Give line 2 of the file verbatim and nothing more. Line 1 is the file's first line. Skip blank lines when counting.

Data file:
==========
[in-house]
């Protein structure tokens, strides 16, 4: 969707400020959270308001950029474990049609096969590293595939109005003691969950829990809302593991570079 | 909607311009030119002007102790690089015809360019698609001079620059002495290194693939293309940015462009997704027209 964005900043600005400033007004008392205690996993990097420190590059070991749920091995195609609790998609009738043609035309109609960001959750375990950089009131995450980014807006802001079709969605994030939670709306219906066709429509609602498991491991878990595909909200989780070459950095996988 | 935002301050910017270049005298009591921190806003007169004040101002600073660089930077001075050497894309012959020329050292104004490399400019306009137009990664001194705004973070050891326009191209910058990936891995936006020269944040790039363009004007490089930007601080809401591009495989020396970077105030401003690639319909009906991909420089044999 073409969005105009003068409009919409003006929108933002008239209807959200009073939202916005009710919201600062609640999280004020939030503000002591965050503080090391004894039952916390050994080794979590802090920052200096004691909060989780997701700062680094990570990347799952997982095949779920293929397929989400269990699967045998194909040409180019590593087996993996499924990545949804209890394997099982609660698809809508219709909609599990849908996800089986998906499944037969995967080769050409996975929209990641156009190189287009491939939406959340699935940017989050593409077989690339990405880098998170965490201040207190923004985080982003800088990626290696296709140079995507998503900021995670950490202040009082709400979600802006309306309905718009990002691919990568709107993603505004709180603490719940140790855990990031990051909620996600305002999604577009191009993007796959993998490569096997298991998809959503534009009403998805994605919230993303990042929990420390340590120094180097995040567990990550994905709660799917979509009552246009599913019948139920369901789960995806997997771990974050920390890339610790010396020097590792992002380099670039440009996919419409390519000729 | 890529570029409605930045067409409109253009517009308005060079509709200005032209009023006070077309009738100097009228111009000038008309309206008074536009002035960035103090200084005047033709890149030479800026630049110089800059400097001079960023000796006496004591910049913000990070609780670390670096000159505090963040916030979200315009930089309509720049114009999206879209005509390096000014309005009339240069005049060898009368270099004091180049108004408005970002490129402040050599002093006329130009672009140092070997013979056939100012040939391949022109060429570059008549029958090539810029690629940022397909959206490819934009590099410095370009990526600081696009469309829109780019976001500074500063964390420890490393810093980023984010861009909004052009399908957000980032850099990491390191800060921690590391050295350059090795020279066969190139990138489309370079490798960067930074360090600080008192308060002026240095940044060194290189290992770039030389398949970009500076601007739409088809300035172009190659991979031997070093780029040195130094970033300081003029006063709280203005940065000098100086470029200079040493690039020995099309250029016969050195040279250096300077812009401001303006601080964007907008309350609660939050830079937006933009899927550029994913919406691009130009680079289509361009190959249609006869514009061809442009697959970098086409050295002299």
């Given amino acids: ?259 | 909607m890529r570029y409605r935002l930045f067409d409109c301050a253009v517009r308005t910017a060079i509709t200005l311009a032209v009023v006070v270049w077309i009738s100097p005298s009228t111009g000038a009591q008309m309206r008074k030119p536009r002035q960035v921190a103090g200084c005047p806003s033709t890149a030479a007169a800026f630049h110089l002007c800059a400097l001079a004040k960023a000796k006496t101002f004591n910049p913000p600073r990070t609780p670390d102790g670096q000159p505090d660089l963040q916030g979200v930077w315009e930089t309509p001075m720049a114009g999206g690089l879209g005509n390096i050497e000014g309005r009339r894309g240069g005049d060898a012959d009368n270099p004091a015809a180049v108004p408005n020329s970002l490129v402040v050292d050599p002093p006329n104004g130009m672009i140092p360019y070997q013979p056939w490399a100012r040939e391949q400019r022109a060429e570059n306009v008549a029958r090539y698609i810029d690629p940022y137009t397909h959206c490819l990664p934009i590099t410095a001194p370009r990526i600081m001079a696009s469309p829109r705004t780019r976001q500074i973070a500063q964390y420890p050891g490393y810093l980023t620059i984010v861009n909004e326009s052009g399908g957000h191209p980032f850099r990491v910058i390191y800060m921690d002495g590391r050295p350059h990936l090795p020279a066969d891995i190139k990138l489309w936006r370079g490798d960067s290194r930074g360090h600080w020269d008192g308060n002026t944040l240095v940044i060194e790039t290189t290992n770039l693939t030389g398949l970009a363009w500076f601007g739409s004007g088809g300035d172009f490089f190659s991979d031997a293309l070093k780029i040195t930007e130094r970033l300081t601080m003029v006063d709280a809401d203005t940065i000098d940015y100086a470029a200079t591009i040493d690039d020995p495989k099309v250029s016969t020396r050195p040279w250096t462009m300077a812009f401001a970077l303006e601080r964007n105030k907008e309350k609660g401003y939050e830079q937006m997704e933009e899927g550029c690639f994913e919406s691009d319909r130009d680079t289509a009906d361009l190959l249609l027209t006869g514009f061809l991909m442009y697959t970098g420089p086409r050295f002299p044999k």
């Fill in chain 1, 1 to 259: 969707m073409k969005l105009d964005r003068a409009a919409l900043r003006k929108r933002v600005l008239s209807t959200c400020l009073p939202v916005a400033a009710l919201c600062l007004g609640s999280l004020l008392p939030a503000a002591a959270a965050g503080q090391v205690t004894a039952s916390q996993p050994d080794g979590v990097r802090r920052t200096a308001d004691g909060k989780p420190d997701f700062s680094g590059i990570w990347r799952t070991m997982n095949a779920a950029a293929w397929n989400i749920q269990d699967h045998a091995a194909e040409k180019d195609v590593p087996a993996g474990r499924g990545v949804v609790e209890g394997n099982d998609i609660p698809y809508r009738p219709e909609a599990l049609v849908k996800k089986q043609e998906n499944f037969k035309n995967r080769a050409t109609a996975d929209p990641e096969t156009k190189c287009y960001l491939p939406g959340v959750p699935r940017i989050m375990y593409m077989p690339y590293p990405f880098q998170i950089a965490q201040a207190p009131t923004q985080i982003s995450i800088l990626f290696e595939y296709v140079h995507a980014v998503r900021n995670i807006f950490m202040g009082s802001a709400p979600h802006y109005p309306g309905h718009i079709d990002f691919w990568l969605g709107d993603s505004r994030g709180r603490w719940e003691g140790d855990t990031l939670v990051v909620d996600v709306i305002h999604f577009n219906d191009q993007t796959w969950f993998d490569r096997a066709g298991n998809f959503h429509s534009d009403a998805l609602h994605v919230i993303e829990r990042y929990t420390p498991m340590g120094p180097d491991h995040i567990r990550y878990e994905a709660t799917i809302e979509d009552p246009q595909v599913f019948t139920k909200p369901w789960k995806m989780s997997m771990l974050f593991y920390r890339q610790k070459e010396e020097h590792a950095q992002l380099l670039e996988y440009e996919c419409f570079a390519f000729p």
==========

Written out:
């Protein structure tokens, strides 16, 4: 969707400020959270308001950029474990049609096969590293595939109005003691969950829990809302593991570079 | 909607311009030119002007102790690089015809360019698609001079620059002495290194693939293309940015462009997704027209 964005900043600005400033007004008392205690996993990097420190590059070991749920091995195609609790998609009738043609035309109609960001959750375990950089009131995450980014807006802001079709969605994030939670709306219906066709429509609602498991491991878990595909909200989780070459950095996988 | 935002301050910017270049005298009591921190806003007169004040101002600073660089930077001075050497894309012959020329050292104004490399400019306009137009990664001194705004973070050891326009191209910058990936891995936006020269944040790039363009004007490089930007601080809401591009495989020396970077105030401003690639319909009906991909420089044999 073409969005105009003068409009919409003006929108933002008239209807959200009073939202916005009710919201600062609640999280004020939030503000002591965050503080090391004894039952916390050994080794979590802090920052200096004691909060989780997701700062680094990570990347799952997982095949779920293929397929989400269990699967045998194909040409180019590593087996993996499924990545949804209890394997099982609660698809809508219709909609599990849908996800089986998906499944037969995967080769050409996975929209990641156009190189287009491939939406959340699935940017989050593409077989690339990405880098998170965490201040207190923004985080982003800088990626290696296709140079995507998503900021995670950490202040009082709400979600802006309306309905718009990002691919990568709107993603505004709180603490719940140790855990990031990051909620996600305002999604577009191009993007796959993998490569096997298991998809959503534009009403998805994605919230993303990042929990420390340590120094180097995040567990990550994905709660799917979509009552246009599913019948139920369901789960995806997997771990974050920390890339610790010396020097590792992002380099670039440009996919419409390519000729 | 890529570029409605930045067409409109253009517009308005060079509709200005032209009023006070077309009738100097009228111009000038008309309206008074536009002035960035103090200084005047033709890149030479800026630049110089800059400097001079960023000796006496004591910049913000990070609780670390670096000159505090963040916030979200315009930089309509720049114009999206879209005509390096000014309005009339240069005049060898009368270099004091180049108004408005970002490129402040050599002093006329130009672009140092070997013979056939100012040939391949022109060429570059008549029958090539810029690629940022397909959206490819934009590099410095370009990526600081696009469309829109780019976001500074500063964390420890490393810093980023984010861009909004052009399908957000980032850099990491390191800060921690590391050295350059090795020279066969190139990138489309370079490798960067930074360090600080008192308060002026240095940044060194290189290992770039030389398949970009500076601007739409088809300035172009190659991979031997070093780029040195130094970033300081003029006063709280203005940065000098100086470029200079040493690039020995099309250029016969050195040279250096300077812009401001303006601080964007907008309350609660939050830079937006933009899927550029994913919406691009130009680079289509361009190959249609006869514009061809442009697959970098086409050295002299």